Preparing for trial is a lengthy process, and you have a lot of work to do. Don't be intimidated by your to-do list. Just remember to take one step at a time.
When your trial starts, these steps should be complete:
- File for divorce. You can't schedule a trial until you've started the divorce process.
- Share financial documents. Both parties must complete paperwork about what they owe and what they own.
- Complete depositions. Both parties must answer a formal set of questions in front of court officials. The transcripts are part of your legal case, and they're shared with the other party.
- Contact experts. Some questions are easier to answer with the help of an outsider. Hiring an accountant, therapist, or auditor could help you make a great case for the court.
- Rehearse. You must speak in front of the court as part of your divorce trial, so it's best to determine what you will say and how you'll say it. Practice a few times, so you’ll feel more comfortable when nerves set in.
Your lawyer may also suggest mediation or settlement agreements at this stage. Participating in these discussions could help you avoid a trial.
What to expect at your divorce trial
Every case is a little different, but most move through a predictable series of steps. Understanding what they are can help you feel more comfortable when the big day arrives.
Your trial will typically work like this:
- Opening statements: Both sides outline what they want from the divorce process in general terms. These summary speeches can set the tone for the entire day and help the judge understand how the case might move forward.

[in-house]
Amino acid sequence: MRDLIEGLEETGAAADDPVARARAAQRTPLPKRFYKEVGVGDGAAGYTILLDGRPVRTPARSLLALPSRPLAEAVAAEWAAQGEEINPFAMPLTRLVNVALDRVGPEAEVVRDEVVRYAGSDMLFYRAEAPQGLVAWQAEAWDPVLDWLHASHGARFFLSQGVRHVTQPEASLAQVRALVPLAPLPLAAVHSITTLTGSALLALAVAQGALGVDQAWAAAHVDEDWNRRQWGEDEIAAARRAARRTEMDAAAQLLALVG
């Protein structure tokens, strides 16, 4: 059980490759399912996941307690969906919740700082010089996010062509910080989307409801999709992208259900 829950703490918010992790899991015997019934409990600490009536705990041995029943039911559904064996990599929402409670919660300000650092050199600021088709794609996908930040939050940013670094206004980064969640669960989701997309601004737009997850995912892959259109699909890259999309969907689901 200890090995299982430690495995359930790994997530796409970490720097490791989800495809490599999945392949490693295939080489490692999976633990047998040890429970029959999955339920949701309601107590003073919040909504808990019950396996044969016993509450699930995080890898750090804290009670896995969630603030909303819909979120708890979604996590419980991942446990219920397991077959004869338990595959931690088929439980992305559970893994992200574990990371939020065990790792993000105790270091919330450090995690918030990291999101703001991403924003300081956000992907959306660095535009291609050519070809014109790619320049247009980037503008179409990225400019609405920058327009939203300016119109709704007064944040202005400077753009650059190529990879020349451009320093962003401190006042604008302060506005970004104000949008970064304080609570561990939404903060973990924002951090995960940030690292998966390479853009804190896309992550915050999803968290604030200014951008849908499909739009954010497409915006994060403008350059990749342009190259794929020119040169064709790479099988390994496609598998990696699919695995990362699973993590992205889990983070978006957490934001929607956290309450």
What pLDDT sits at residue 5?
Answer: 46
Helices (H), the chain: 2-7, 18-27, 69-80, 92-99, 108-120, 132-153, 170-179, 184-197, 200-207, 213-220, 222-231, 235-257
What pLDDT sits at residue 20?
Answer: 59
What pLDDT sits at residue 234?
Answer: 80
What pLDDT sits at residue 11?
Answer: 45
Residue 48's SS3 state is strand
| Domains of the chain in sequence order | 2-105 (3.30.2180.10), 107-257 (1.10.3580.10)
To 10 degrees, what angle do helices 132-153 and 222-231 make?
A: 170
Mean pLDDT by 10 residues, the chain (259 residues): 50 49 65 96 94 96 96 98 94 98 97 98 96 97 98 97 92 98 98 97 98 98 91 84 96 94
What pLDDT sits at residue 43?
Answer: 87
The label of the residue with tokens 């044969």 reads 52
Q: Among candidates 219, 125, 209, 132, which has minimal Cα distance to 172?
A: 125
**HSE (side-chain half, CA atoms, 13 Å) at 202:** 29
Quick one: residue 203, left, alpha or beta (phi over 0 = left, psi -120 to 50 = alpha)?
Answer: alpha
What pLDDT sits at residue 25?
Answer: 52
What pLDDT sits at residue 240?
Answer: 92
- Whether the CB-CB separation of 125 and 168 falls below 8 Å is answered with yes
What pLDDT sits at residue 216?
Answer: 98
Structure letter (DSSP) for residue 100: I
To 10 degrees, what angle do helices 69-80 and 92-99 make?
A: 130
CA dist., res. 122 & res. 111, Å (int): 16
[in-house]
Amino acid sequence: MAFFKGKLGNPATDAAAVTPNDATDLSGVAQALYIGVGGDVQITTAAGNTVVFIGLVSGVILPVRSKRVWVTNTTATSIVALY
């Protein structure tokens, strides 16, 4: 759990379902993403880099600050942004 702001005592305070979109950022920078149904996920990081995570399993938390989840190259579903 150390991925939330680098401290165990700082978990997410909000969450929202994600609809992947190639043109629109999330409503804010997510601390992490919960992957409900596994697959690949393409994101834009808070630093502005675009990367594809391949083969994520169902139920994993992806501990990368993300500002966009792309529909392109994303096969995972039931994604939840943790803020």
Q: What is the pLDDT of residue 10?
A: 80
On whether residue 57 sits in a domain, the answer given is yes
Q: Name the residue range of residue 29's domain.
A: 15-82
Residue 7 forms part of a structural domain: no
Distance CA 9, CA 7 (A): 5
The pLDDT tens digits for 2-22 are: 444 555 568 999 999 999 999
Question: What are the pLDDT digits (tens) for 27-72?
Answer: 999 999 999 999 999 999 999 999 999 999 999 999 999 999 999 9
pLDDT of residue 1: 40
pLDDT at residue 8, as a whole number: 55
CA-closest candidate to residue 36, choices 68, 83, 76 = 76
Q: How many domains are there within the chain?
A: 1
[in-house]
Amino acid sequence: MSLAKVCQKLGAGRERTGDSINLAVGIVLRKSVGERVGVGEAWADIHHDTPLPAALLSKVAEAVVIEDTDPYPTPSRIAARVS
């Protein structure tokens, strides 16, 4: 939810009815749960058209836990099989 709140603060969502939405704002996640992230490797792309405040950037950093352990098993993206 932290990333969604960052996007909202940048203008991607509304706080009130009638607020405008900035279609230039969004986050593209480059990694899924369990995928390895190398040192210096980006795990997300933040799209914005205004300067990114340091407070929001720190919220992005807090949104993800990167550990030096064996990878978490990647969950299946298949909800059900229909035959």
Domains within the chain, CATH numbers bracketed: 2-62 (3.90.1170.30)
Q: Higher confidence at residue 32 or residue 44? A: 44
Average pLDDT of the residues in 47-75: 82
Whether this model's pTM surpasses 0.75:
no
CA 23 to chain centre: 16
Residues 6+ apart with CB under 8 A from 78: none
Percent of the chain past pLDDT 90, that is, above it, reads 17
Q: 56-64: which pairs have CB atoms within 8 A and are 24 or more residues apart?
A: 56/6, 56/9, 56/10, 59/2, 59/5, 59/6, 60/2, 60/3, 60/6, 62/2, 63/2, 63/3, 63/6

- Witness exams: The person who filed for divorce (the petitioner) typically presents first. That person and their witnesses take the stand and discuss the case. The opposing party can ask follow-up questions.
- Closing statements: Both sides summarize the divorce cases they presented and ask the judge to rule in their favor.
- Ruling: When both parties have summed up their positions, the judge makes a final ruling and documents that clearly.
Each of these steps takes time, and it’s not uncommon for divorce cases to last for several days. During that time, you should remain quiet and composed. Let your lawyer speak for you, and stay professional and calm the entire time.
What happens after the trial?
When the case is concluded, you'll have formal paperwork that ends your marriage. You must sign those documents, as should your partner. When those documents are signed, stamped, and filed, your marriage is officially over.
Have Questions About Divorce? Don't Know Where to Start?
Divorce trial FAQ
How long after the trial is my divorce final?
Your case is complete when the judge makes a final ruling and issues paperwork. Unless the other side files an immediate appeal, your divorce is final the same day.
How much does a divorce trial cost?
Divorce trials can cost more than $12,000, and most of the cost involves lawyers. This is one of the most expensive ways to end a marriage.
Are divorce trials open to the public?
Most divorce trials are public, so people can come into the courtroom and watch the proceedings. You can use this aspect to your advantage. Visit a divorce trial before your case starts, and watch one for yourself. You'll be more prepared for your case.
Do all divorces go to trial?
No, most cases never go to court for resolution. Most couples settle their differences through mediation or direct negotiation.
Healthy Divorce: How to Make Your Split as Smooth as Possible. (2013). American Psychological Association.
What Types of Divorces Typically Do to Trial? (March 2016). Lawyers.com.
How the Divorce Process Works. (May 2022). Investopedia.